Coloradoâ€™s legalization of marijuana was completed this year. Now stores are allowed to sell the substance â€” still classified by the federal government as an illegal drug â€” to adults over the age of 21 for recreational use.
Since legalization occurred, the state has been viewed as a testing ground for marijuanaâ€™s legalization on a national level. In the five months since the substance was legalized, reports have varied as to the experimentâ€™s success.
Critics of marijuana legalization cite strange instances such as a Denver man who shot and killed his wife after consuming edible marijuana and going on a paranoid rant.
According to RT, however, crime in Denver has actually decreased while revenue has gone up since legalization began. Violent crime and property crime from January 1 to April 30 reportedly dropped 10.6 percent compared to the same timespan last year. While that statistic is incredibly specific and probably does not hint towards the overall effect of marijuana on crime, it is interesting to consider.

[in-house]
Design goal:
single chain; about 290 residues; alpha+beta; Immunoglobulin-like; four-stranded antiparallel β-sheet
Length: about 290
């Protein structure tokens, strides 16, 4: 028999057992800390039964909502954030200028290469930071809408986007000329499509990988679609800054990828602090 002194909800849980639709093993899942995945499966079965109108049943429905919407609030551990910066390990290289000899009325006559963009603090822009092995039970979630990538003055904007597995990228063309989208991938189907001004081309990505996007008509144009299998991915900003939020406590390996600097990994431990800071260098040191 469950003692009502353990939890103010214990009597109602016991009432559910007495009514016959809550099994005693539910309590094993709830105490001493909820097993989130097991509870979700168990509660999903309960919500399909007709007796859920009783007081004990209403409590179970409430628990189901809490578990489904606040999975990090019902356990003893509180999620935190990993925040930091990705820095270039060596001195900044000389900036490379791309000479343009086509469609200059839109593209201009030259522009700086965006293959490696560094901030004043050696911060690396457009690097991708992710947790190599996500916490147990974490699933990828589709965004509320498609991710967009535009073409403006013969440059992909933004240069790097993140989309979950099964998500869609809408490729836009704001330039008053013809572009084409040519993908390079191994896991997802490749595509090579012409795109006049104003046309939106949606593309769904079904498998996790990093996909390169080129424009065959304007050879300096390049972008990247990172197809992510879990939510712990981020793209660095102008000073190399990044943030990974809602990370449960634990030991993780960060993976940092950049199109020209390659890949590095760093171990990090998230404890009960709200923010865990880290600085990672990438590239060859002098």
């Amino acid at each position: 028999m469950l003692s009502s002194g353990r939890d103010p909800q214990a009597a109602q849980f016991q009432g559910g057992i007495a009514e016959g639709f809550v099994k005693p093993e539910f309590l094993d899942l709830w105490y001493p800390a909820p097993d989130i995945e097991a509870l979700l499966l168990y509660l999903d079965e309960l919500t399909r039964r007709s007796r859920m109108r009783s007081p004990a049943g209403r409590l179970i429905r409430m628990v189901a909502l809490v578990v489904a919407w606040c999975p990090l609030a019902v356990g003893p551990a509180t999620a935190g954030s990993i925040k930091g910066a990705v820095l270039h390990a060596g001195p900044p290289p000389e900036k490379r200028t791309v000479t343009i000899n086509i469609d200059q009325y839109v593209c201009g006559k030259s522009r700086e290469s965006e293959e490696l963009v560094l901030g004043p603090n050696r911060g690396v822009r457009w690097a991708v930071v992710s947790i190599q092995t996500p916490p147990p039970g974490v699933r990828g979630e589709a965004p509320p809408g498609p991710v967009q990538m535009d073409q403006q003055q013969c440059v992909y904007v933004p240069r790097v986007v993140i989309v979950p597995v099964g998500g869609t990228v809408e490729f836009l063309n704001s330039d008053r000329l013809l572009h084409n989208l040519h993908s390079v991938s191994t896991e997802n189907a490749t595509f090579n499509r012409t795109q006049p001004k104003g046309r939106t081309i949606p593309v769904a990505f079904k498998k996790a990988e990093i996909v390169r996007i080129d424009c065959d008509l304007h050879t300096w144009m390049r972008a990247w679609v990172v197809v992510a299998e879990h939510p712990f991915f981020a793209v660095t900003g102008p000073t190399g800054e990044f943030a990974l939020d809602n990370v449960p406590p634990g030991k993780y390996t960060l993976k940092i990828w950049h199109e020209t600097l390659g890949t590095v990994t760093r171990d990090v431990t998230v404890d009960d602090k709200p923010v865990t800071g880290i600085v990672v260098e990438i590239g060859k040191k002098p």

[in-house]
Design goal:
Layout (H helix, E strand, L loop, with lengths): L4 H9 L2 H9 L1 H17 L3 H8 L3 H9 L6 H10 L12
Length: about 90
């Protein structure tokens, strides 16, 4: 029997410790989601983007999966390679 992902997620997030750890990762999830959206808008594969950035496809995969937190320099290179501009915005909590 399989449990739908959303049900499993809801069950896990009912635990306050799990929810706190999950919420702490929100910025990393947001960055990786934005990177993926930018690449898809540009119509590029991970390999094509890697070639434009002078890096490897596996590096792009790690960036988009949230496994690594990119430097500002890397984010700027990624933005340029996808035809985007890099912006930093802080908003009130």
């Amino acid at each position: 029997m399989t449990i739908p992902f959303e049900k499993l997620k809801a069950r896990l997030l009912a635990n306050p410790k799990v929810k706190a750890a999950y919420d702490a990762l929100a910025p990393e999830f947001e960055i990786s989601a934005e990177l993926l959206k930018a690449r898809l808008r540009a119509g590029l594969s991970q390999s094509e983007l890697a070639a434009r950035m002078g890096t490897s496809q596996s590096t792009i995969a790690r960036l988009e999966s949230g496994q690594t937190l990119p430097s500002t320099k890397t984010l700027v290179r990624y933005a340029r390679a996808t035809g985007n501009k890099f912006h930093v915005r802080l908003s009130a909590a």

In terms of revenue, however, the positive impact of marijuana legalization is undeniable. The Associated Press reports that $19 million was made from recreational marijuana in March alone, with at least $1.9 million of that revenue going directly to the state government for immediate use. Coloradoâ€™s tax revenue is expected to reach $30 million by the end of the year, although previous monthly estimates have already been surpassed.